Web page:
The Mets have not had a Gold Glove winner since 2014, the longest streak in MLB. But, does this mean they are a poor fielding team?
The Mets last had a Gold Glove winner in 2014 when good-field, no-hit Juan Lagares won the award.
No team in baseball has gone longer than the Mets, and this year they’ve been shut out again.
Unlike the annual awards like the Most Valuable Player and Cy Young, that stick out and always have players in the running whose names are recognized by even the most casual fans of baseball; Gold Glove winners often exist in obscurity.
For instance, did you know Griffin Canning, a pitcher for the Angels, is a finalist, and he is joined by Evan White (Seattle) at first base, Tucker Barnhart (Reds) at catcher, and Nico Hoerner (Cubs) at shortstop?
While the award may not be “sexy,” it remains a prestigious achievement for the players and the teams they represent.
But for teams like the Mets who are rarely represented (even in the class of finalists), does that transfer to a poor fielding team?
Let’s take a look. Note: Baseball-Reference provides all stats
Mets Team Fielding Status Among MLB Teams
Team Errors: Not too bad. The major league average in 2020 was 43. The Mets finished with 46.
Team fielding Percentage: Uh-oh. It doesn’t get any worse than being dead last in the league. The Mets at .976 were far away from Houston, the best in the majors at .991.
Runs Allowed Per Game: Not good. The Mets allowed five runs a game (5.13) while Cleveland held the opposition to less than four runs a game (3.88). Rationalize if you wish and put the burden on pitching, but the numbers stand.
Defense Efficiency: This stat measures the percentage of balls put in play that is converted to outs. The Mets were fourth-worst in the league at .668. Only Washington, Boston, and Philadelphia fared worse in this category.
Defensive Runs Saved: The higher the number, the better. St. Louis was the best, with 33 runs saved by their defense. The league average is 1. The Mets finished at -1.
Mets: Is There A Correlation Between GG And Team Fielding
Can we say there is a correlation between a team that doesn’t win Gold Gloves and a team’s overall fielding?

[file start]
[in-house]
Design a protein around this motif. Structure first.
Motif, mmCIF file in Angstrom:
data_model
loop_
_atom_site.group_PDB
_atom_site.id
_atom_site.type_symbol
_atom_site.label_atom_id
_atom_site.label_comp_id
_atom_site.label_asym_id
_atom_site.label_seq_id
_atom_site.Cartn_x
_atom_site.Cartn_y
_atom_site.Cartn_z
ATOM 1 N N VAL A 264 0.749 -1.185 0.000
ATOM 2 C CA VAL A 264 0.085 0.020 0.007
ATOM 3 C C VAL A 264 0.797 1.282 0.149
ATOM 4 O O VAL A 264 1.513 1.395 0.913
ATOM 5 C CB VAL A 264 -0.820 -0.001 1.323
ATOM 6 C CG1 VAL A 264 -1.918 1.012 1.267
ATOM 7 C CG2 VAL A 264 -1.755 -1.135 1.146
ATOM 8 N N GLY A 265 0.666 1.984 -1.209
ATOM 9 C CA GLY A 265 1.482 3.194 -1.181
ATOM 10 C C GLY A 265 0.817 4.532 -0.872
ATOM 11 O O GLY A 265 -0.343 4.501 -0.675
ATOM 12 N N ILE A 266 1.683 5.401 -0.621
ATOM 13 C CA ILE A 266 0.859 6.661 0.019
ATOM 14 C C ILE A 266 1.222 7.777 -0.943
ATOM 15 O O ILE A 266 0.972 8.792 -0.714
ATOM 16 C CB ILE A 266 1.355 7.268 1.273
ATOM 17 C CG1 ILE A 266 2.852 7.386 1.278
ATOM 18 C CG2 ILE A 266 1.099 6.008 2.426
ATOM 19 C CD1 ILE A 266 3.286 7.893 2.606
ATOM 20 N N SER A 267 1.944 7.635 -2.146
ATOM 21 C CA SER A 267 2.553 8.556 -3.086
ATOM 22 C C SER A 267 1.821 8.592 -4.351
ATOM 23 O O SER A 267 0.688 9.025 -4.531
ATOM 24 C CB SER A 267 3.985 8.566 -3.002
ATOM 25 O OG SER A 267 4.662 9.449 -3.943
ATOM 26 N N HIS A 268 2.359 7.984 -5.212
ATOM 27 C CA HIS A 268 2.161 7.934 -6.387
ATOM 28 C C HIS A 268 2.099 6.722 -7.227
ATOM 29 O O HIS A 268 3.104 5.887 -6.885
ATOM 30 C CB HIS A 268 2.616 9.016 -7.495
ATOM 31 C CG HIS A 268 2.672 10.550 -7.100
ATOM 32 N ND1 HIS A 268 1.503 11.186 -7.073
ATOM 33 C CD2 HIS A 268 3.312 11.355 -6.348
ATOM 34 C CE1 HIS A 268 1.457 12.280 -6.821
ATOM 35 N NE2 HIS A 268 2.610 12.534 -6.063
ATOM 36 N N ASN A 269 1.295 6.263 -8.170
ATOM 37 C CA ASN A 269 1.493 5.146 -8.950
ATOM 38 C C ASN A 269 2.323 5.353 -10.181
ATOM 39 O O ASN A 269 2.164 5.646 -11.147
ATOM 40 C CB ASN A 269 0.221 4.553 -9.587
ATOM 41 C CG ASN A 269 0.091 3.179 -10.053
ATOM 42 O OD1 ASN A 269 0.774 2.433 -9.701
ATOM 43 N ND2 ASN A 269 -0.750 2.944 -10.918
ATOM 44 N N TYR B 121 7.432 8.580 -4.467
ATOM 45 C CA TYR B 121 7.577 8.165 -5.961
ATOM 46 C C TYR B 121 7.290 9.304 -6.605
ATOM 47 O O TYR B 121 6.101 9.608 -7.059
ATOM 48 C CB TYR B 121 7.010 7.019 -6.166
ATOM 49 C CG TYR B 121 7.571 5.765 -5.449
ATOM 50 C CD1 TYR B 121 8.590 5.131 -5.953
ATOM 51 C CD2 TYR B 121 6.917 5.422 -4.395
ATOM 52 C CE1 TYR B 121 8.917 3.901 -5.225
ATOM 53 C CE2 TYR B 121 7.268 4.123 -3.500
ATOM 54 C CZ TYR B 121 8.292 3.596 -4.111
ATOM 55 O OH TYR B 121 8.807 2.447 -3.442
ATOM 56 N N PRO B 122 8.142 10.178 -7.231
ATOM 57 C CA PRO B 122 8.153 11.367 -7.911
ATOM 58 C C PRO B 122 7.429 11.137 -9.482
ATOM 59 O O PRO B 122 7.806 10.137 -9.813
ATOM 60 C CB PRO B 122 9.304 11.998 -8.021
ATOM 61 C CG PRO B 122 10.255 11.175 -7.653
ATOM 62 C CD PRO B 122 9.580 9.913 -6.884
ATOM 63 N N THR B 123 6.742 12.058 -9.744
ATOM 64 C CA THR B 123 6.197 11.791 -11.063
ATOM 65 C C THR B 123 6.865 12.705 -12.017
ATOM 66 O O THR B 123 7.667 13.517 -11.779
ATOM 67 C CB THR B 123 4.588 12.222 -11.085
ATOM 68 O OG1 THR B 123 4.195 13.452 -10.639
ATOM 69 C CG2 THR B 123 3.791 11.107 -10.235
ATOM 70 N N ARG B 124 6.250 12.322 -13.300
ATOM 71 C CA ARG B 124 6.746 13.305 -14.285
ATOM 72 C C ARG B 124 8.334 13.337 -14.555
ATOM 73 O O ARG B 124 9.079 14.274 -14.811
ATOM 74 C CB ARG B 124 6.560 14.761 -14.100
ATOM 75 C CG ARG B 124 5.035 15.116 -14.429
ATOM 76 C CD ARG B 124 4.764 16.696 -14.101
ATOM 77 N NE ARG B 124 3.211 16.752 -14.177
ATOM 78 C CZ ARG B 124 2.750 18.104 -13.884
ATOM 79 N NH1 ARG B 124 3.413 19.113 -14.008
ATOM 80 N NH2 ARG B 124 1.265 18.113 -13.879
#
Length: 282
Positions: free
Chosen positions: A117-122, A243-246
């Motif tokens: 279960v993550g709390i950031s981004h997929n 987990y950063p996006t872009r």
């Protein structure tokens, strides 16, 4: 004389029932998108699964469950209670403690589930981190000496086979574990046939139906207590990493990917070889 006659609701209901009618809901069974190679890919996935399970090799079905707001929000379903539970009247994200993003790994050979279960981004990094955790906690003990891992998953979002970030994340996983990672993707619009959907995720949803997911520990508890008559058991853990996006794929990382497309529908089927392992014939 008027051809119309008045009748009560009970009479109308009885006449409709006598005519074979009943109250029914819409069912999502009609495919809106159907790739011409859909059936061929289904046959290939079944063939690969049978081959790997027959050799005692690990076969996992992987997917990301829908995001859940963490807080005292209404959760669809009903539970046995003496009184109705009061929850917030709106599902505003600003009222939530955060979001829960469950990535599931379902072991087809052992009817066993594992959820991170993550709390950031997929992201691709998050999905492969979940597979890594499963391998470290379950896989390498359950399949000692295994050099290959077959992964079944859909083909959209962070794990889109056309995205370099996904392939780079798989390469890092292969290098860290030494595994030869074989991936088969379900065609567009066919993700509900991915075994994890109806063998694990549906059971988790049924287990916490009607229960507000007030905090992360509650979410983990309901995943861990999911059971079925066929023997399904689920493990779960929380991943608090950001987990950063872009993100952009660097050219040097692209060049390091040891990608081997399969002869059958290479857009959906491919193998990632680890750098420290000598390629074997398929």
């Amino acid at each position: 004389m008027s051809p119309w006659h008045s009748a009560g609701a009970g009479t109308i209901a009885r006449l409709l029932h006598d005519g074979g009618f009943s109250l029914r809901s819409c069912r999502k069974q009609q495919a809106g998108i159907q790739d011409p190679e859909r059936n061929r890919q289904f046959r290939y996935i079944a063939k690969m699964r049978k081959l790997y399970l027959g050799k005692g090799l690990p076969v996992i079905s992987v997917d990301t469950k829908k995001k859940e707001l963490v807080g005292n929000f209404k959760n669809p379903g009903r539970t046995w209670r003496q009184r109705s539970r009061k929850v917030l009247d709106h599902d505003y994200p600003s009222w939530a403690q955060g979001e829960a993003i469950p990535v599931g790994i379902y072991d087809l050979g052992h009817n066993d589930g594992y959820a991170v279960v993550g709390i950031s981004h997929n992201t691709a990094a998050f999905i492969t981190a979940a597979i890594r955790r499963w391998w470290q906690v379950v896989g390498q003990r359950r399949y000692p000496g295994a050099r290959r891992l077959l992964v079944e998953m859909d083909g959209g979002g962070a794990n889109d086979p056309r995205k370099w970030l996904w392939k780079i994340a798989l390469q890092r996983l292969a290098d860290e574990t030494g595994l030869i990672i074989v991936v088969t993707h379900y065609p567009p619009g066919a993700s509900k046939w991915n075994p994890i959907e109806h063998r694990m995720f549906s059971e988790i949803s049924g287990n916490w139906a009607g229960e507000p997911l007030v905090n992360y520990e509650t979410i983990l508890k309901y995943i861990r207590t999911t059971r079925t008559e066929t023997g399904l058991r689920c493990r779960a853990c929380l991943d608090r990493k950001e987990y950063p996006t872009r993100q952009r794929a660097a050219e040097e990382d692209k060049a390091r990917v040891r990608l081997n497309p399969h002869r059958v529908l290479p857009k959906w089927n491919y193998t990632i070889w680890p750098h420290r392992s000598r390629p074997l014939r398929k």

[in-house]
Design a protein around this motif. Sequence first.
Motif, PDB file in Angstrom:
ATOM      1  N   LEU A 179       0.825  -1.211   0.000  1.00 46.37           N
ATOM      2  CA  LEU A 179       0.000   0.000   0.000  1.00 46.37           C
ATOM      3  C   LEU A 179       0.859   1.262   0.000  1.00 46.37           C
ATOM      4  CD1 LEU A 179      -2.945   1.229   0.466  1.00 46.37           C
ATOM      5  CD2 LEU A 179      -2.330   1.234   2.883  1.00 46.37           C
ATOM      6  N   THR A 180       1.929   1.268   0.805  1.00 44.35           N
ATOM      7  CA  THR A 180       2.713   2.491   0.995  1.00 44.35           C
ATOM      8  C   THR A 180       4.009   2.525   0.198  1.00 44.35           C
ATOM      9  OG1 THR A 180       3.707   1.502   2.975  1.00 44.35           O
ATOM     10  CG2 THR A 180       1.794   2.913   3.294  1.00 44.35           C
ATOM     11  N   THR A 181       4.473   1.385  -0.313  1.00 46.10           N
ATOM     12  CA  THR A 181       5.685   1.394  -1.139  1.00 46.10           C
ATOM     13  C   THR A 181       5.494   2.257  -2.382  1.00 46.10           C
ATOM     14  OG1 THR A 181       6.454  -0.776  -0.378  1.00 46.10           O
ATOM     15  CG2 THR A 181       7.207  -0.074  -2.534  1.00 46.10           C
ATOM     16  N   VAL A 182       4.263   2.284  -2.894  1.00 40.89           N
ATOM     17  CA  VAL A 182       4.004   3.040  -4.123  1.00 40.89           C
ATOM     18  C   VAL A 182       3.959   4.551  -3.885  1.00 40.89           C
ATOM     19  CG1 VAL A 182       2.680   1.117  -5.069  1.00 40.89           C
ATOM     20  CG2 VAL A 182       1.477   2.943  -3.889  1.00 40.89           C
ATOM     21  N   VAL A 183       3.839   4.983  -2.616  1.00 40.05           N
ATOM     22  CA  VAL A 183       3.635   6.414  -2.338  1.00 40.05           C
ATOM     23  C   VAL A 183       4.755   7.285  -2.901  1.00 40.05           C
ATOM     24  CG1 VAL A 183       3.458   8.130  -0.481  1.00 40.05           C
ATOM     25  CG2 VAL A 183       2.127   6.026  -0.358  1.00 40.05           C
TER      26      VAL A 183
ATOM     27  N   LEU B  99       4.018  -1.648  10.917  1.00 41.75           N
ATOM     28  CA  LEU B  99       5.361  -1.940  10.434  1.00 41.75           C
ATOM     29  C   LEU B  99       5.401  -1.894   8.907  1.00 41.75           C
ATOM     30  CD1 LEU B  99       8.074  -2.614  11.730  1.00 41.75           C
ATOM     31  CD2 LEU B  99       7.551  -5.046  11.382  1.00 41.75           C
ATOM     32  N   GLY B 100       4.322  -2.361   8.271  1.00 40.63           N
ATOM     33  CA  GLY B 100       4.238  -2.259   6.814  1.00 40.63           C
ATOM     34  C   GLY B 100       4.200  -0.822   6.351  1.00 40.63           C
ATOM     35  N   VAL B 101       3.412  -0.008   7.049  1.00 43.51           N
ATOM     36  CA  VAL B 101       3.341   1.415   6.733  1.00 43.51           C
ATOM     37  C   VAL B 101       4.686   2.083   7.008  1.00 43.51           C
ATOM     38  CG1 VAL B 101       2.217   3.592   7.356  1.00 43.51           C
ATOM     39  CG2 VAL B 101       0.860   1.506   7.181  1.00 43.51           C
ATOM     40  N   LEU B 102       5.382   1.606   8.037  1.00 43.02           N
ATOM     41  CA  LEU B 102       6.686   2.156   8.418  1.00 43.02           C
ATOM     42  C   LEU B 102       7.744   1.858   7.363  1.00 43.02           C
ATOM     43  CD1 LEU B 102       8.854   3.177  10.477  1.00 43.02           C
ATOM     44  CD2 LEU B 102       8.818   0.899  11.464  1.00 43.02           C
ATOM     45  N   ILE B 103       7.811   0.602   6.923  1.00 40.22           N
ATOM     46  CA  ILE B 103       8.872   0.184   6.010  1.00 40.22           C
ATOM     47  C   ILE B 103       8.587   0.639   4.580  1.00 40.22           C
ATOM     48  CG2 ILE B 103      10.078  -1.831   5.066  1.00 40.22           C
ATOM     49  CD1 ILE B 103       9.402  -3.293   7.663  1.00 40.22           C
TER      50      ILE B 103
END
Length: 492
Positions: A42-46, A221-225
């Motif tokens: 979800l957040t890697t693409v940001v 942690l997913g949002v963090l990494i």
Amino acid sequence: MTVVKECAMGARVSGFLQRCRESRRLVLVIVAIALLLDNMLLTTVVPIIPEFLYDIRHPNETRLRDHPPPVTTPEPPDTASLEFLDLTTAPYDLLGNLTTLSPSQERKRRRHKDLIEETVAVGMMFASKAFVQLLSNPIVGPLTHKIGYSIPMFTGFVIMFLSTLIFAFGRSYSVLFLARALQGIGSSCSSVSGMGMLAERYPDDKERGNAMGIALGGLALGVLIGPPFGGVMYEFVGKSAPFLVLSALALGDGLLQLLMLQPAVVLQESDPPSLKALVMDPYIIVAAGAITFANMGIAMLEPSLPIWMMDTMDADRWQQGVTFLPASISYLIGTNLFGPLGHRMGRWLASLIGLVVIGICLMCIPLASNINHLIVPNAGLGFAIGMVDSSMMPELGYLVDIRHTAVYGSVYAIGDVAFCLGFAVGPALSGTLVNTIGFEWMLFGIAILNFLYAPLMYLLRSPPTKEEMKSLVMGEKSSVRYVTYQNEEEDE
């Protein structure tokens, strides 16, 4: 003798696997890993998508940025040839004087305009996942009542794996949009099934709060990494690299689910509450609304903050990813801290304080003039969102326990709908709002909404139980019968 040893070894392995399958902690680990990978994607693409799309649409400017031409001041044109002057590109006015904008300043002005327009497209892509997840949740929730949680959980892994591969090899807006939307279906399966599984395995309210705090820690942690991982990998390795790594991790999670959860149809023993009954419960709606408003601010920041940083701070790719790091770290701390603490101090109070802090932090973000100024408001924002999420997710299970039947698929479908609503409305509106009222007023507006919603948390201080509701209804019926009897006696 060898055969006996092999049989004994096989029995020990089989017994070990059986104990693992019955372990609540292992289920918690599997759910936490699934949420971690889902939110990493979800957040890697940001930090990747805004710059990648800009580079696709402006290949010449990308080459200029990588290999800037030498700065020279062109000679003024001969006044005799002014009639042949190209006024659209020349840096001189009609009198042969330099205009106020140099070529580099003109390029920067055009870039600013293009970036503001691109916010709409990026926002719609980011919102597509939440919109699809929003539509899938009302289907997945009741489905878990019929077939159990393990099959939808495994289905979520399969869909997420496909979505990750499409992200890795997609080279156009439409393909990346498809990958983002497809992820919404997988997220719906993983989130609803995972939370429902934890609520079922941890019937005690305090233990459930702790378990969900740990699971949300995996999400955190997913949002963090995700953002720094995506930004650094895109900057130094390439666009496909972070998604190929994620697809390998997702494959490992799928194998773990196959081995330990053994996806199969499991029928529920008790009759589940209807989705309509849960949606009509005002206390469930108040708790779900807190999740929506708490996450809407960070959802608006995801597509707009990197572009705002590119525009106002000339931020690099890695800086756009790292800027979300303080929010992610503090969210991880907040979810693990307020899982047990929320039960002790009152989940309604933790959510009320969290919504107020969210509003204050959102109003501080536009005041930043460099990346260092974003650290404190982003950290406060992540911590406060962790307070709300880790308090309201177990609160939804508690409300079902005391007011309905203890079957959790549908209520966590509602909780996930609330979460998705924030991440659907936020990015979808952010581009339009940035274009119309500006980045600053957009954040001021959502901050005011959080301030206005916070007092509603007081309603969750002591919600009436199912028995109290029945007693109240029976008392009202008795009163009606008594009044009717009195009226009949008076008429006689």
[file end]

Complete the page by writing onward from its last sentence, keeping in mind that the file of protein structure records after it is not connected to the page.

Maybe not directly, but it’s safe to say something is going on here with the Mets, and it’s not good.
Suffice to say, the Mets are not a good fielding team, as supported by the above findings.
More significantly, fielding, as indicated before, is not “sexy” in baseball today. Players don’t get paid by their fielding production – power is king. Nevertheless, you’ve gotta catch and throw the ball accurately to win games.
It goes without saying fielding is an area the Mets need to concentrate on more, but will they?
Mets: Who Are The Culprits
So, are there players the Mets should be taking a second look at if indeed they intend to rise to the top in 2021?
I don’t have an algorithm or the time to answer the question.
But remember this. The accent on improving a team’s fielding has to come from the top, with a GM who considers it to evaluate players he’s adding to the team.
And down to the coaches and the manager who talk about it every day, forcing the team into repetitive drills that make the run-down play the same as scrambling some eggs for breakfast.
Kindergarten stuff may even be in order with the Mets, via a Kangaroo Court that “fines” a player $100 every time a cut-off man is missed or a player is out of his prescribed position. (Contributions to a charity, of course)
The Mets Plate Is Full – But…
With new ownership and changes at the top coming in, the Mets have a full plate and a list of priorities that may or may not leak down to something as “mundane” as team fielding.
Efforts are underway to revamp the Mets Analytics Department with the addition of new and more personnel and to see to the needs of a digressing farm system.
But fielding has to do with how the game is played on the field, where games are won and lost.
Moreover, fielding is all about fundamentals related to a player’s experience as he’s coming up through the Mets system.
For instance, ask the question was Amed Rosario, a major league shortstop when the Mets brought him up as a widely hailed “Met Of The Future”? Was Michael Conforto provided instruction to play all outfield positions, including where the Mets have him today in centerfield, or is he learning as he goes?
Wouldn’t it be something, though, if Dominic Smith follows the unexpected rise of the Yankees Clint Frazier as the next finalist or winner of a Gold Glove, to become the first award winner for the Met since 2014?